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Old 02-28-2014, 02:13 PM   #1
MyGuiltySecret
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Post How do YOU write erotica?

Hi everyone. I've been a lurker on Literotica for a couple of years now (under another name), and I've decided to make the transition from audience to author.

I just thought I'd introduce myself and take the opportunity to ask a question that's been bugging me.

My user name is MyGuiltySecret. Originally, my secret was that I read erotica. Now it's that I'm trying to write the stuff (and the two stories that I'm working on at the moment are incest-themed, so another secret that I don't want the outside world to know is that I find the idea of incest hot). Having said all that, you can call me John, since that's my name.

I've written lots of short stories in the past (mainly SF and a bit of horror). Never been published, but I do have an interesting array of rejection letters.

Anyway, I've started writing erotica, and I'm finding the process a lot harder than I expected!

So, here's the question: how do you, as an individual writer, go about writing erotica? I've read loads of the howto posting on this site, but I'm more interested in the techniques of the writer rather than the writing, if you see what I mean.

What methods have you found that work for you?

Once you've had an idea, do you let it swill around in your mind for hours/days/weeks and then actually write the story in one glorious thrash? Or do you write in several sessions, building the story up scene by scene? Do you write it beginning-to-end, or in separate out-of-order chunks?

And what about editing? Do you just spellcheck and hit submit? Do you edit as you go along? Or do you do multiple passes over the story, improving it a bit each time?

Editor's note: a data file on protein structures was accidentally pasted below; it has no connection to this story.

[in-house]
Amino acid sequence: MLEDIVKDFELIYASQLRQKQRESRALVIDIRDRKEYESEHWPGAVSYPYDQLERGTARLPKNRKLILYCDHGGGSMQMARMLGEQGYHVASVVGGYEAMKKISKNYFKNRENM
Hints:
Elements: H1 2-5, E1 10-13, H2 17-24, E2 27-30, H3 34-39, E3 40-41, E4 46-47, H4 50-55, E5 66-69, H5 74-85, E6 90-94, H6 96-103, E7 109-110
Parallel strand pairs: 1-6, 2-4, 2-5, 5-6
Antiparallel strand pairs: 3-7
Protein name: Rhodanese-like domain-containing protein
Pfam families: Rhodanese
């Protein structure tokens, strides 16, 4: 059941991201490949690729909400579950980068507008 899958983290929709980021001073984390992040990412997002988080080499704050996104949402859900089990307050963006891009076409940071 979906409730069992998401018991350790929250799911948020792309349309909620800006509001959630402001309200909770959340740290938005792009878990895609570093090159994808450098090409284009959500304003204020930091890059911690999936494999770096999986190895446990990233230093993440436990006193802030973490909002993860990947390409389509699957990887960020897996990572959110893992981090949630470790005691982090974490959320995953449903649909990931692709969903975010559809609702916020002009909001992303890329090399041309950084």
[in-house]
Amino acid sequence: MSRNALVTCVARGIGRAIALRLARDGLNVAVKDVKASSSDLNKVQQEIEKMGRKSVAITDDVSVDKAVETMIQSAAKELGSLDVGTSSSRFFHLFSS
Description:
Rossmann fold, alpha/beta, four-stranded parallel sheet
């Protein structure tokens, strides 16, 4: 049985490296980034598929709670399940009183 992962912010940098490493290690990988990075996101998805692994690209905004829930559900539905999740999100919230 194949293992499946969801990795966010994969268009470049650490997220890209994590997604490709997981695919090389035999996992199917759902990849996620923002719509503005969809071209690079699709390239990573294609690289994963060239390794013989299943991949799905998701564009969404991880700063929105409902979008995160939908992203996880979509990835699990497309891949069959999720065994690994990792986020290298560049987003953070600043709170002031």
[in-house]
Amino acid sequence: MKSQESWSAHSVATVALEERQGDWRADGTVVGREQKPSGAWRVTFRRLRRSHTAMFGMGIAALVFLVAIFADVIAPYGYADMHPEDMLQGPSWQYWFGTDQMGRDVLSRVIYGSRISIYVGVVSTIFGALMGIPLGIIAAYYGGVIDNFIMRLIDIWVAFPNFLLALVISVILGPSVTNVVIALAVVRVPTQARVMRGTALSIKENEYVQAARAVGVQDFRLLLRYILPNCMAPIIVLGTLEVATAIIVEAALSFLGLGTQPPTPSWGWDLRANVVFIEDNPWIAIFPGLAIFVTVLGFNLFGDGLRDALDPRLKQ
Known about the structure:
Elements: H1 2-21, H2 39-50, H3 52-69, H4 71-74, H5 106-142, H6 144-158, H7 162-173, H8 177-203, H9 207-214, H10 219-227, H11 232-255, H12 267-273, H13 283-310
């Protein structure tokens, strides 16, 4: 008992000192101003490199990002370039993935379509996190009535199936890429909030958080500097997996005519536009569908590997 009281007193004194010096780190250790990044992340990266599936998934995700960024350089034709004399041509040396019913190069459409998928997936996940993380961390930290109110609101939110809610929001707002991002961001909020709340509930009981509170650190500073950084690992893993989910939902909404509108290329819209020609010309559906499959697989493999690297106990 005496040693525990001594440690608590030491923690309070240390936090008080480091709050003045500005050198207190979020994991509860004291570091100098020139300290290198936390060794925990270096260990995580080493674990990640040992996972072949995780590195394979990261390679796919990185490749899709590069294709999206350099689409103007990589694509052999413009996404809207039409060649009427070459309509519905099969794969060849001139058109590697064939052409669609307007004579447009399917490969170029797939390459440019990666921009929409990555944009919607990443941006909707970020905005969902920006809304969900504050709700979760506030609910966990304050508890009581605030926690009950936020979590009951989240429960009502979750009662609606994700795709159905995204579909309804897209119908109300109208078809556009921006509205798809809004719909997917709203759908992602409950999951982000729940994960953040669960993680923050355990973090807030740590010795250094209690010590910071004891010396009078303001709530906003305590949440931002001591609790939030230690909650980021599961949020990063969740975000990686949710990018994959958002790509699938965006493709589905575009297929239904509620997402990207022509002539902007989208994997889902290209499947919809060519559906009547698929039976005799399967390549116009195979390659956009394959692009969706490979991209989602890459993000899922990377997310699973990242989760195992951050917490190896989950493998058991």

Outlining. Do you bother or not?

What sort of mood are you in when you write? Does being hot and bothered help you write hot sex scenes, or does being more detached and even clinical help you find the right words?

My own writing process is still developing, but at the moment seems to go like this. First pass is for the 'plot', writing how the characters get into bed in the first place (or the kitchen, or over the boss's desk or wherever), and the ending. I use pseudo-XML tags like <blowjob here> or <lots of fucking> as placeholders for the actual sex scenes. I do another pass to fix wording and typos, then write the actual sex scenes. Then I make another pass to add detail and descriptions - sights, smells, sensations. Then one last pass to fix any repetition. (While writing, I use words 'cock', 'cunt' and 'cum' far too much, and I have to figure out which ones to replace with synonyms). By this point, the damn story has stopped being sexy to me at all, so it must be time to ship it out!

So, is this anything like your workflow? Complety different?

Let me know how you do it. I'm dying to hear!
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Old 02-28-2014, 03:32 PM   #2
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Usually I know the story from beginning to end before I start typing. It may take me several sessions to finish the story as typing for any length of time is somewhat tiring.

However, there have been stories that just pop into my head that I rush to finish in one sitting.

With all stories I "finish", I put them aside for a day or two, sometimes up to a month while I work on something else. Then I go back are re-read them, doing edits on grammar, punctuation, left out words, miss-used words, etc. I might even add or subtract sentences, paragraphs, sections from the story, while adding other sentences, paragraphs and sections. Sometimes I might move any of those around within the story.

Then it sits for a few days. Then I re-read it again. Make any changes that appear wrong or out of place, give it one final read through and submit.

On longer stories I might use an outline just to keep me on track as characters have a habit of taking their own path through the story.
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Old 02-28-2014, 03:39 PM   #3
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One story sat in my head for years. I tried to write it, and failed, until I gave up control and let the characters write it themselves. They needed editing, of course.